Time to Write: The Stories We Tell
What’s your story?
When uttered by an adult, that phrase usually struck fear into the heart of young Beth, suggesting I’d made a wrong choice, a bad decision, or run my big mouth when I shouldn’t have. In fact, an iteration of that question asked by my 5th grade teacher in a moment of haste made me resent my writing and storytelling love enough to pack it away for many years, believing it to be a part of me I needed to silence and be ashamed of. (Another story for another day, friends.).
As an adult, it’s become the question that lights up and guides my life. Like my multi-artistic friend Kristi sees the world in paint colors and brush strokes, the world around me is one made of stories. Macroscopic, microscopic, single lines, words. There’s a story in every tiny thing and every fleeting moment around us if we take the time to relax into it and coax it out. To me, this is as true as the sun rising each morning.
Sometimes, though, the stories don’t come up over the horizon of their own free will. Sometimes it takes time for the string of words to bubble up, for the idea to take shape so that we can grasp the string of the balloon and pull it closer to examine and process into words and images. This is different than the energy of writer’s block in that a block is more a lack of desire toward pursuing words, rather than a patient waiting and knowing that the words will arrive in their own time.
In this receptive mode is where great writing begins. It all comes down to this: what stories do you want to tell? What whispers to you in those quiet moments, when the last thing on your mind is writing and words? When you’re caught up washing dishes or on the edge of falling asleep, when the chaos in your external world makes you wish you were somewhere else with a pencil or keyboard?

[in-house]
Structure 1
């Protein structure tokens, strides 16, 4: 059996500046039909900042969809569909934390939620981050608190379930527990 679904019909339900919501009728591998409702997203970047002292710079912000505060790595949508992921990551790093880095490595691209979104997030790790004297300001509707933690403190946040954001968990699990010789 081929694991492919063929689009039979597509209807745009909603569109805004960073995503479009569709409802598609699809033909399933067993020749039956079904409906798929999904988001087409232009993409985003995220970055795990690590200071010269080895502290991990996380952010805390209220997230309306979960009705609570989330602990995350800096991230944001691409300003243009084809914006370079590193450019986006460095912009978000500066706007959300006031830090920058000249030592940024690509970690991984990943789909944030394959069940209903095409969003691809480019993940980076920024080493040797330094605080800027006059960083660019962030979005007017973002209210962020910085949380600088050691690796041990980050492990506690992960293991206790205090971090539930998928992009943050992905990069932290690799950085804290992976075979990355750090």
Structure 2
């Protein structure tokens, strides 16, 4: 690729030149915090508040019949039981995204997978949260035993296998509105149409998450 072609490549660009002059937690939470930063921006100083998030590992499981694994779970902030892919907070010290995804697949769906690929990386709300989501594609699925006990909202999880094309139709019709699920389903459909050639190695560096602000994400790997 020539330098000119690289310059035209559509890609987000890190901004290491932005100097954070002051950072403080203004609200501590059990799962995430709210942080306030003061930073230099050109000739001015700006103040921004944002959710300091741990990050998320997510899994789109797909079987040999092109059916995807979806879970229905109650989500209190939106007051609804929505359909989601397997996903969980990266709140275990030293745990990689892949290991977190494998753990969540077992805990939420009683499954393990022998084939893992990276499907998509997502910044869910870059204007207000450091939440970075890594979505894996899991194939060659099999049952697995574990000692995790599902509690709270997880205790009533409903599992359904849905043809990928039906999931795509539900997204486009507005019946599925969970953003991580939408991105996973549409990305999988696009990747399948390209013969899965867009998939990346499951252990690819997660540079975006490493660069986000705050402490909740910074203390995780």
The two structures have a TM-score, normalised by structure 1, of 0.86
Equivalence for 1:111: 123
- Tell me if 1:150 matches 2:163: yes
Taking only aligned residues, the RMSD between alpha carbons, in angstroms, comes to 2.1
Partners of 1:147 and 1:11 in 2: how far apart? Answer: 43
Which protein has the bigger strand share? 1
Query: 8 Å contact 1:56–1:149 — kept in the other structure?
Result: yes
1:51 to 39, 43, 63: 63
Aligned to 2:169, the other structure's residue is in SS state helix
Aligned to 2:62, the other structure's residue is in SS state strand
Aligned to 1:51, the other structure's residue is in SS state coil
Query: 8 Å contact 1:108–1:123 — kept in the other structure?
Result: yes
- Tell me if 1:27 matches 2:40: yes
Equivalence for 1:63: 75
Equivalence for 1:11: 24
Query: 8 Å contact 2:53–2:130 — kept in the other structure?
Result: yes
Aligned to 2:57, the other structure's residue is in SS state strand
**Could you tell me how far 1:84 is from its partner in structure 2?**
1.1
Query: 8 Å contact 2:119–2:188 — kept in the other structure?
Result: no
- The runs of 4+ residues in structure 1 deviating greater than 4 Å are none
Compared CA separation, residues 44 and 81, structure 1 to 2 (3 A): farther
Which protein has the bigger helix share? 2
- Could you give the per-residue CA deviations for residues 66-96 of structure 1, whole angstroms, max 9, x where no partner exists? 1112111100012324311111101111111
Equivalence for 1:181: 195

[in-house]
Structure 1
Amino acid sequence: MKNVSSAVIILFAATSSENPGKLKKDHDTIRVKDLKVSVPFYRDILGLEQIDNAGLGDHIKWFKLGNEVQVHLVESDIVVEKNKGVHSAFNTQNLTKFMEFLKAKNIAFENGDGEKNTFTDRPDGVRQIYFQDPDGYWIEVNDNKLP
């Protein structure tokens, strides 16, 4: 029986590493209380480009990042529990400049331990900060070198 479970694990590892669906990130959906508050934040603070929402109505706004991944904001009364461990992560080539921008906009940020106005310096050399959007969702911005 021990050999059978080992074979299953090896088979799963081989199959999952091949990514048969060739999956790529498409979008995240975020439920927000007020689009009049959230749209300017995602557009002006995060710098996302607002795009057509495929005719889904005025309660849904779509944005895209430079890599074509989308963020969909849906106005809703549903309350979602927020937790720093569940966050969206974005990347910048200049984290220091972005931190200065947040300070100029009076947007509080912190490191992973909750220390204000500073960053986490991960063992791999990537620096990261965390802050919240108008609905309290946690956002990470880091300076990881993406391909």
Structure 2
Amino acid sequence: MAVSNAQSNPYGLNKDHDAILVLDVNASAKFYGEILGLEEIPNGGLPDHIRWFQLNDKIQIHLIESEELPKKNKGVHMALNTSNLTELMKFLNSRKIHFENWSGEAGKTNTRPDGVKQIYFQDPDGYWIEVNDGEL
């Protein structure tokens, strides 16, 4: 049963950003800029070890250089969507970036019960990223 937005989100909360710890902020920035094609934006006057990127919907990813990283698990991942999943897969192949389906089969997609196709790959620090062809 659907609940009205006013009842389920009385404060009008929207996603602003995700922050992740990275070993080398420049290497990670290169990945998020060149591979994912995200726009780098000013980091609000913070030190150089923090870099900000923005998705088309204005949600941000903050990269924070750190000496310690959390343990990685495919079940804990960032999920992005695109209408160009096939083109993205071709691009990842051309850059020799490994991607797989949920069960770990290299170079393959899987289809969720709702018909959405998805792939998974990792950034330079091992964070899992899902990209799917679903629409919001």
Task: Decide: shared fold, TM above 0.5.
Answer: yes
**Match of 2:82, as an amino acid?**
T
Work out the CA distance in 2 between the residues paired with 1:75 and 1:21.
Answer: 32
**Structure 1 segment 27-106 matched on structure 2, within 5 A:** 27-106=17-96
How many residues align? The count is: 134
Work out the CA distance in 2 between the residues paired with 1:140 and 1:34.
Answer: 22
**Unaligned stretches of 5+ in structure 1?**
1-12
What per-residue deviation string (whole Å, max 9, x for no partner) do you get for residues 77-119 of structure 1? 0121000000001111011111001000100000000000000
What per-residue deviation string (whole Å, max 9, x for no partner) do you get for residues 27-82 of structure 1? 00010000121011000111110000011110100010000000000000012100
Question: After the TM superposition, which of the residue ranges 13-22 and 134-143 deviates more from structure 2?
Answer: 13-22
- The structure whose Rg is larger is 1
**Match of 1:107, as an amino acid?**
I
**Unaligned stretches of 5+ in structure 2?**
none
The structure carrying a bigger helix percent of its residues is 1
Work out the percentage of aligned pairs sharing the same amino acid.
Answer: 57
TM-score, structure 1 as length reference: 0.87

Stories we need to tell are already inside of us. They come from us, not to us. Seems like a technicality, a play on words, but it really isn’t. Learning to listen to your creative soul and leaning in directs your storytelling. This voice may have a foundation in what you read, what interests you, your life experiences, or something that seems completely random, but what always holds true is that it is seeking expansion. Stories want to be felt, thought, sensed (different from feeling, as it is a more direct sensation), shared in the world. Stories do not want to be seen as a random idea or two plucked from the sky, they want to be discovered as a result of the writer sinking into the flow of words around them. If writing becomes a chore, the story becomes just a product.
Questions for consideration as you begin to tell your story:
- What stories bubbling inside of you?
- What is it about writing that you love?
- Where do you want to explore: characters, the plot arc, the transformation? The combination of words and phrases that comprise exposition? The ability to put a string of actions together in a powerful way to reveal multiple aspects of a story? The macrocosm or microcosm? Exploring how every human battles the very same demons?
- What do you enjoy reading most and why?
- What stories have whispered to you lately?
- Where does your heart feel drawn?
Telling stories goes beyond the topical fiction and nonfiction umbrellas, though often this is the most logical place to begin. Hundreds of topics can pull at the pen, but if you listen, one will pull at your writer’s heart more strongly in the silence.
What stories are pulling at you in this moment? I’d love to hear in the comments, if you’d like to share!